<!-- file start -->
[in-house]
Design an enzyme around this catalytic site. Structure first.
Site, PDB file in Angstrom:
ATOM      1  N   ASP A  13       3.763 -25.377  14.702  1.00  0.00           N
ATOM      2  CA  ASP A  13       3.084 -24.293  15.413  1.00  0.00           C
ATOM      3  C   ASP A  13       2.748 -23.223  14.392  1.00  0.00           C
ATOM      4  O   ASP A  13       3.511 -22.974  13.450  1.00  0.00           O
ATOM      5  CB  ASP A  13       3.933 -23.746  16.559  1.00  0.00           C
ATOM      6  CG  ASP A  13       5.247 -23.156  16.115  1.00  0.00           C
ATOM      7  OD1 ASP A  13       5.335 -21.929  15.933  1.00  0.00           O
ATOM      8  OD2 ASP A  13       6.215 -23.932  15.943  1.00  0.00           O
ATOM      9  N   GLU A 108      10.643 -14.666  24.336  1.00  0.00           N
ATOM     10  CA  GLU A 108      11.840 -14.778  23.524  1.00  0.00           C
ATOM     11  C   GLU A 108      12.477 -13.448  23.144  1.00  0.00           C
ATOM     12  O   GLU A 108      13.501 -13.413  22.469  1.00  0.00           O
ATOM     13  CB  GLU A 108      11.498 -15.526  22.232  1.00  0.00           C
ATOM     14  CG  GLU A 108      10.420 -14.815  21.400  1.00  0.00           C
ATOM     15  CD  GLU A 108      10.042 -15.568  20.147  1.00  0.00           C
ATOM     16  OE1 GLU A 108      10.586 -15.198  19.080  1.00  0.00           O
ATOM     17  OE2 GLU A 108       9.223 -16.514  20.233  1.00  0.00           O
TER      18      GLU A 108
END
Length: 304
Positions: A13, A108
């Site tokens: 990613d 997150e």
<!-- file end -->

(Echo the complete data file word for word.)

[in-house]
Design an enzyme around this catalytic site. Structure first.
Site, PDB file in Angstrom:
ATOM      1  N   ASP A  13       3.763 -25.377  14.702  1.00  0.00           N
ATOM      2  CA  ASP A  13       3.084 -24.293  15.413  1.00  0.00           C
ATOM      3  C   ASP A  13       2.748 -23.223  14.392  1.00  0.00           C
ATOM      4  O   ASP A  13       3.511 -22.974  13.450  1.00  0.00           O
ATOM      5  CB  ASP A  13       3.933 -23.746  16.559  1.00  0.00           C
ATOM      6  CG  ASP A  13       5.247 -23.156  16.115  1.00  0.00           C
ATOM      7  OD1 ASP A  13       5.335 -21.929  15.933  1.00  0.00           O
ATOM      8  OD2 ASP A  13       6.215 -23.932  15.943  1.00  0.00           O
ATOM      9  N   GLU A 108      10.643 -14.666  24.336  1.00  0.00           N
ATOM     10  CA  GLU A 108      11.840 -14.778  23.524  1.00  0.00           C
ATOM     11  C   GLU A 108      12.477 -13.448  23.144  1.00  0.00           C
ATOM     12  O   GLU A 108      13.501 -13.413  22.469  1.00  0.00           O
ATOM     13  CB  GLU A 108      11.498 -15.526  22.232  1.00  0.00           C
ATOM     14  CG  GLU A 108      10.420 -14.815  21.400  1.00  0.00           C
ATOM     15  CD  GLU A 108      10.042 -15.568  20.147  1.00  0.00           C
ATOM     16  OE1 GLU A 108      10.586 -15.198  19.080  1.00  0.00           O
ATOM     17  OE2 GLU A 108       9.223 -16.514  20.233  1.00  0.00           O
TER      18      GLU A 108
END
Length: 304
Positions: A13, A108
């Site tokens: 990613d 997150e």